When a movie is both a box-office and critical success, it usually means we’ll get a sequel. Sometimes, the sequels measure up to the original films, and in rare cases, they’re even better than the movies that preceded them. Far too often, though, a sequel falls flat, and serves as a reminder that some things are better left without a second (or third, fourth, or fifth) chapter.
- ‘The Next Karate Kid’ (1994)
- ‘Speed 2: Cruise Control’ (1997)
- ‘Staying Alive’ (1983)
- ‘The Fly II’ (1989)
- ‘Wall Street: Money Never Sleeps’ (2010)
- ‘Exorcist II: The Heretic’ (1977)
- ‘The Chronicles of Riddick’ (2004)
- ‘Dumb and Dumberer: When Harry Met Lloyd’ (2003)
- ‘Grease 2’ (1982)
- ‘Caddyshack II’ (1988)
- ‘Blues Brothers 2000’ (1998)
- ‘Jaws 3-D’ (1983)
Here are some of the worst movie sequels to have found their way to the big screen.
This infamously failed reboot brought back Pat Morita in the role of Mr. Miyagi, but a new star replaced franchise veteran Ralph Macchio: Future two-time Oscar winner Hilary Swank. Her character became Miyagi’s latest martial arts student, whom he attempted to help through anger issues following the death of her parents. The film was widely panned by critics, though one good thing did come out of it: Swank got on Hollywood’s radar and went on to become a huge star.
The original Speed was a big hit, helping to propel the careers of both Keanu Reeves and Sandra Bullock, but Reeves turned down the sequel. The studio turned to Jason Patric to co-star with Bullock, moving from the infamous speeding bus that can’t stop to a slow-moving cruise ship on a collision course with an oil tanker. The thrill of the fast-moving chase was gone, and Bullock was widely criticized for her seemingly lackluster performance. The film was so bad, it received a Golden Raspberry Award (aka Razzie) in the “Worst Remake or Sequel” category that year.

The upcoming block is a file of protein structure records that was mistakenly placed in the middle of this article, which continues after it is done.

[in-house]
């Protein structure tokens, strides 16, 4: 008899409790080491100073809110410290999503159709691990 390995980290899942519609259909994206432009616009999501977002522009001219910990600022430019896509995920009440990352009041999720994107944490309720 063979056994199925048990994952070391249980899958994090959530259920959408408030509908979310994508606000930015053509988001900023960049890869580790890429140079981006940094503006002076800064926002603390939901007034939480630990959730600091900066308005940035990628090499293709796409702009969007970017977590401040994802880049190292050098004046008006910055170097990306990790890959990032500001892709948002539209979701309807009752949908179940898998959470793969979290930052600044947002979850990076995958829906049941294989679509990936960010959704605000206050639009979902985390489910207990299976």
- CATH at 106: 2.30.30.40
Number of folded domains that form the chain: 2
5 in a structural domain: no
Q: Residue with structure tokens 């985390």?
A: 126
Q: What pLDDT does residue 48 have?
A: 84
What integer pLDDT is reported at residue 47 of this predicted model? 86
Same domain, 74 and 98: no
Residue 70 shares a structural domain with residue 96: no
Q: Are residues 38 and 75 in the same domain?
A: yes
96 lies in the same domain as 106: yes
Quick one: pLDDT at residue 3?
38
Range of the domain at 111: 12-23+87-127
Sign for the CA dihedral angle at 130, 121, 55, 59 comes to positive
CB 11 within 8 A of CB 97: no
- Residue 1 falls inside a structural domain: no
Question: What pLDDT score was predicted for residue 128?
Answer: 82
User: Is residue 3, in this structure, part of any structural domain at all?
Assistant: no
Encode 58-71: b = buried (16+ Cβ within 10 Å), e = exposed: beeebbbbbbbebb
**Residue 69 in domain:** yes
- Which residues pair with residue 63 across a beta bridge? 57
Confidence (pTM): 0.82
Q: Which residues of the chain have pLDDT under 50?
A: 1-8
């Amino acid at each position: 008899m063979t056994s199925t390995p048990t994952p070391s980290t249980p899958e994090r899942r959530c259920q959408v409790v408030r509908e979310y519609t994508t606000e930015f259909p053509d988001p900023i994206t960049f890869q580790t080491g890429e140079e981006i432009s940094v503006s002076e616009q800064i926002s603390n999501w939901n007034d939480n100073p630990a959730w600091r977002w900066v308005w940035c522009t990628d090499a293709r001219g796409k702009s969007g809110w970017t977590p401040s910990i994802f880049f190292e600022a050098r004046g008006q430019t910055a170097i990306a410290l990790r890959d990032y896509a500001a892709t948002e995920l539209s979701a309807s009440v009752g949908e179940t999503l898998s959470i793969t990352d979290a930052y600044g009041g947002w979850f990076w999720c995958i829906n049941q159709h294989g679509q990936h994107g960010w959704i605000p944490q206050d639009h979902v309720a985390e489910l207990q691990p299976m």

Disco drama Saturday Night Fever cemented John Travolta’s reputation as both dancer and when it premiered in 1977, but when Sylvester Stallone attempted to co-write and direct this sequel, it just didn’t make viewers want to throw on their dancing shoes. While the film did earn a decent $65 million at the box office, it didn’t do well with critics. While it’s hard to judge films on Rotten Tomatoes so long after the fact, the film has earned a 0 percent score on the site, with the critical consensus calling it “shockingly embarrassing and unnecessary, trading the original’s dramatic depth for a series of uninspired dance sequences.”
Director David Cronenberg’s masterful 1986 science-fiction/horror remake was tainted by its lackluster 1989 follow-up, which starred Eric Stoltz as Martin Brundle, the son of Jeff Goldblum’s character from the original, who also became genetically merged with a fly. The sequel — directed by special effects wizard Chris Walas — didn’t come close to living up to the original, with The New York Times saying that it “degenerates into a series of slime-riddled, glop-oozing, special effects in its final half hour.”
Even if you haven’t seen 1987’s Wall Street, there’s a good chance you’re at least familiar with the film and Michael Douglas’ iconic greed monologue in it. The good news about this sequel is that Douglas reprises his role as ruthless corporate raider Gordon Gekko. Unfortunately, the decision to transition Gekko from greedy, money-hungry villain to reformed bad guy — a decision made in the aftermath of the 2008 financial crisis — plus the addition Shia LaBeouf as Gekko’s soon-to-be son-in-law just wasn’t what audiences wanted. It wasn’t a box-office bomb and it got mixed reviews from critics, but it simply didn’t have the same delicious fervor of the original.
Many consider this 1977 film to be one of the worst movies ever made, not just one of the worst sequels. After watching possessed girl Regan (Linda Blair) rotate her head 360 degrees and contort her body to crawl down a set of stairs, audiences were fast-forwarded into the life of a now 16-year-old Regan. While seemingly in recovery from demonic possession, Regan is put under scientific testing and hypnotized in an effort to find out more about what happened to both her and Father Merrin (Max von Sydow) that fateful night. Neither William Friedkin, director of the original, nor William Peter Blatty, who wrote and produced the first film (and the book on which it was based), had anything to do with this sequel, and it showed.